Starbucks' move to kick-start a national conversation on race relations — over coffee at its cash registers — has at least ignited a debate over whether the ubiquitous chain has any business leading such a conversation.
Brand experts, meanwhile, wondered if the company's "Race Together" campaign would attract or repel customers.
The Seattle coffee chain this week began encouraging, but not requiring, its baristas to write the words "Race Together" on cups to get its customers talking about race. Its website features photos of the cups held by smiling workers and customers of many races.
The initiative stemmed from a forum in December at company headquarters in Seattle, where employees discussed racial tensions in the United States after police killings of unarmed black men in Ferguson, Mo., and New York.
"If we just keep going about our business and ringing the Starbucks register every day and ignoring this, then I think we are, in a sense, part of the problem," Starbucks Chief Executive Howard Schultz told employees at the videotaped meeting, which was followed by gatherings in Los Angeles, Oakland, Chicago, New York and St. Louis. Those meetings drew more than 2,000 employees, the company said.
The campaign has drawn sharp criticism online, with many commenting on the company's lack of diversity in hiring and whether employees are equipped to engage in these discussions, among other issues.
Under a tweeted screen-grab of the Starbucks leadership team, dominated by white men, Twitter user @NerdyWonka quipped: "Apparently, in the @Starbucks world, this is what #RaceTogether looks like."
Twitter user Lindsey Thompson, who tweets as @lemonhearted, reacted this way: "Pathetic attempts by greedy corporations acting like they care about social issues is exactly why I #shoplocal for my coffee."
Author Virginia Postrel, a former editor of Reason magazine, tweeted: "It looks like @Starbucks has united tweeters of all races, colors, creeds, political persuasions in hating its #RaceTogether idea."
But brand analyst Scott Ehlert called the campaign "a bold move."
"It's one that's not without potential fallout," said Ehlert, a strategist for global branding firm Siegel+Gale. "But I think it's one that is true to their brand."
This is not Starbucks' first venture into social responsibility initiatives. In 2013, Schultz said he was "respectfully requesting" that customers not bring guns into his stores, two days after a Navy contractor killed 12 people in a mass shooting at the Washington Navy Yard. In June, the company said employees could take online classes at Arizona State University for free.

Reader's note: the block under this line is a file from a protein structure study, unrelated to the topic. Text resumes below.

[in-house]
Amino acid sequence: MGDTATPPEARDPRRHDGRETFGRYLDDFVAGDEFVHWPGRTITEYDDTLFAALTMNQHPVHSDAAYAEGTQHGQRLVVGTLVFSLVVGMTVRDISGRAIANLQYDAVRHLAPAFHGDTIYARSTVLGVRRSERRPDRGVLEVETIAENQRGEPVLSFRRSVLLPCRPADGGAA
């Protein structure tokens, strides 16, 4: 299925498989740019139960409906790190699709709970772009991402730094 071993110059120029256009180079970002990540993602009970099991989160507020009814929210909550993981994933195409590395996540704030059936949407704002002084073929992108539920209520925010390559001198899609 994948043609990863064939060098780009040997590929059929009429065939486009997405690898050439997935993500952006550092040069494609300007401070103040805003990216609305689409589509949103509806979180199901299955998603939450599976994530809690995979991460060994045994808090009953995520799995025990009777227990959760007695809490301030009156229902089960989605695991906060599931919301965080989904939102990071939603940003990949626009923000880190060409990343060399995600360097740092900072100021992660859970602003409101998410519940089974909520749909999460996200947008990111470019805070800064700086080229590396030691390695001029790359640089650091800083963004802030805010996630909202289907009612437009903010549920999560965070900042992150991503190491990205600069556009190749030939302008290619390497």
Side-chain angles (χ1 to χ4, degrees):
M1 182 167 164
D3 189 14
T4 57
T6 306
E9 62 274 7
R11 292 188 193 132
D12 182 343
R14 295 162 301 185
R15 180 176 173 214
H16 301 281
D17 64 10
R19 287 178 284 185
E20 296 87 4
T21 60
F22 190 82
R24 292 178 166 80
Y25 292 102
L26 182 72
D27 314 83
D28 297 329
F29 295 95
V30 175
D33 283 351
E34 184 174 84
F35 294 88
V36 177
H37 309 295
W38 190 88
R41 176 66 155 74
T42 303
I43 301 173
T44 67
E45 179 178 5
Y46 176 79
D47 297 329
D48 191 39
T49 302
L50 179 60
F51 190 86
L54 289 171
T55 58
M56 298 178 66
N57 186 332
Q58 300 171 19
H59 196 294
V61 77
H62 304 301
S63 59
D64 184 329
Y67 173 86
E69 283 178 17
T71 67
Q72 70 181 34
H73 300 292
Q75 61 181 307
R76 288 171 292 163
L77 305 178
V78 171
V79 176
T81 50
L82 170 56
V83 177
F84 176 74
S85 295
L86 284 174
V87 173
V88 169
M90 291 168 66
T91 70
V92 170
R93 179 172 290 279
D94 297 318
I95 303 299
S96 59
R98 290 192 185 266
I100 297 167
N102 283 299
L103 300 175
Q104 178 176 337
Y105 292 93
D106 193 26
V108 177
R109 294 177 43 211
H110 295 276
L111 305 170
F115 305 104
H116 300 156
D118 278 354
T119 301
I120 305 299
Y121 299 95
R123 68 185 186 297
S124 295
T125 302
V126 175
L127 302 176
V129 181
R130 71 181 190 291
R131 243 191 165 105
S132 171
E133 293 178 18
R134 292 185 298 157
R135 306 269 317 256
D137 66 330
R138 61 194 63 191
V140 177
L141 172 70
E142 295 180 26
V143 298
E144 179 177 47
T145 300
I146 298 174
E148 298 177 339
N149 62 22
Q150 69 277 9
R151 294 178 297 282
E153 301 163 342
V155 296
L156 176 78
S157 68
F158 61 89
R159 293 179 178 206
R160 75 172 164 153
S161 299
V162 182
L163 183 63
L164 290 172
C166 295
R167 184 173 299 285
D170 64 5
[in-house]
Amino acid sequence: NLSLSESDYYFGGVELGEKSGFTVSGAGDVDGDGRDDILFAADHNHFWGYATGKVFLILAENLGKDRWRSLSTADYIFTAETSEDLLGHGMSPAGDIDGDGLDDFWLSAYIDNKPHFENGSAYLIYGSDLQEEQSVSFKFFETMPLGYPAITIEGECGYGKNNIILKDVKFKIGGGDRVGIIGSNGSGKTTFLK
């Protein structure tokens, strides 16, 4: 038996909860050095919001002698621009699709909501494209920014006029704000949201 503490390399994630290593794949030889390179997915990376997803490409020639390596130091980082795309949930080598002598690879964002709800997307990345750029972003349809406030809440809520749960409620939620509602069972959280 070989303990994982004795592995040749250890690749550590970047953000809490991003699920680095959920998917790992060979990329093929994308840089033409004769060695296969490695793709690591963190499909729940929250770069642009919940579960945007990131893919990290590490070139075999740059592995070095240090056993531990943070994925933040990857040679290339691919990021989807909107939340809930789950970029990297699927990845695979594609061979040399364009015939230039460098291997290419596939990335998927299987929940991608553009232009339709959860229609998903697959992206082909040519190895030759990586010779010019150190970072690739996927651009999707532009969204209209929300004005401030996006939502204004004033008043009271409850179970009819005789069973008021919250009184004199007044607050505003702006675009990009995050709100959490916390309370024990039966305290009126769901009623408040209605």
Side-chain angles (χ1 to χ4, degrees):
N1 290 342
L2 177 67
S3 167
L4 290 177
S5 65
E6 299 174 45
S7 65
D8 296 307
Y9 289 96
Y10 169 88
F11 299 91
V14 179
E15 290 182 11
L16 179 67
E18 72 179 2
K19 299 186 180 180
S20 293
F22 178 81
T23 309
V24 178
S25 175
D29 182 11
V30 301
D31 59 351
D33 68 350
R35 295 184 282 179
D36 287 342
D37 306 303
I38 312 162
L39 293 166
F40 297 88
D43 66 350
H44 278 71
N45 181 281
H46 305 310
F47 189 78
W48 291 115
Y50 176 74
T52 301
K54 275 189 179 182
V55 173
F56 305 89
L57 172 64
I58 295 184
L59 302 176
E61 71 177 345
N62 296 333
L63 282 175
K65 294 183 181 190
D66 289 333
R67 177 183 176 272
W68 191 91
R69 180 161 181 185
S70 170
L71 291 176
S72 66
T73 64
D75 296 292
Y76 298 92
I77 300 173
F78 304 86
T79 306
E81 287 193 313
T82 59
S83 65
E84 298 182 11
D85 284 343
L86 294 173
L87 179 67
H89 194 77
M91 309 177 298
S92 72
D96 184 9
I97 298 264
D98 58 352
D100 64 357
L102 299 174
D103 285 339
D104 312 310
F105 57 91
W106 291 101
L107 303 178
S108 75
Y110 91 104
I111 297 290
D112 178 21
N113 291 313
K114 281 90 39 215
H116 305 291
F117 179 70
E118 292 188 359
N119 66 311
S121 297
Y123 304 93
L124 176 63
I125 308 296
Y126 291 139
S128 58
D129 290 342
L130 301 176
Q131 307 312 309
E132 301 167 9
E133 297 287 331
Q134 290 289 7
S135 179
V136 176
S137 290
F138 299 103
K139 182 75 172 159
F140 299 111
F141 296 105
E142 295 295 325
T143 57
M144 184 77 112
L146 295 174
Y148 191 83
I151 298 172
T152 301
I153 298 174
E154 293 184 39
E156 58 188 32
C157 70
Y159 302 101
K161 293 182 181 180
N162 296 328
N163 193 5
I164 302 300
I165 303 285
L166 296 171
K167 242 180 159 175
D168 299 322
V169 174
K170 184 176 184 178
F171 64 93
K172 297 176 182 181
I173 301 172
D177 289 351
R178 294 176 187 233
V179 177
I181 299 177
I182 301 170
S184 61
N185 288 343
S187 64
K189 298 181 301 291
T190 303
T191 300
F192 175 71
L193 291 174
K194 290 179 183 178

In a video to employees, Schultz said he hoped the campaign would persuade other businesses to follow Starbucks' lead.
Other brands probably will wait to see the effects of the initiative before joining, said Roy De Young, senior vice president of creative services at PM Digital.
"They're going to let Starbucks be the proving ground first," he said. "I think a lot of mainstream brands are going to stay away from this."
Wall Street weighed in Tuesday by pushing Starbucks shares up 34 cents, or 0.36%, to $94.39.
At a Starbucks in downtown Los Angeles, customers hadn't heard much about the campaign, which was launched Monday.
"It seems weird. It's a place that serves coffee. How would you incorporate a conversation about race in there?" said John Liu-Klein, a 73-year-old retired teacher. "I don't have any problem with anybody talking about race. It certainly needs to be talked about."
Ly Hoang, a 35-year-old school counselor visiting from Vancouver, gave qualified approval, saying that Starbucks might be a good place to start a discussion on race because "it would get a wide audience. But for those more hard-core talks, it would be a classroom, safe spaces."
PBS NewsHour host Gwen Ifill struck a humorous note on Twitter: "Honest to God, if you start to engage me in a race conversation before I've had my morning coffee, it will not end well."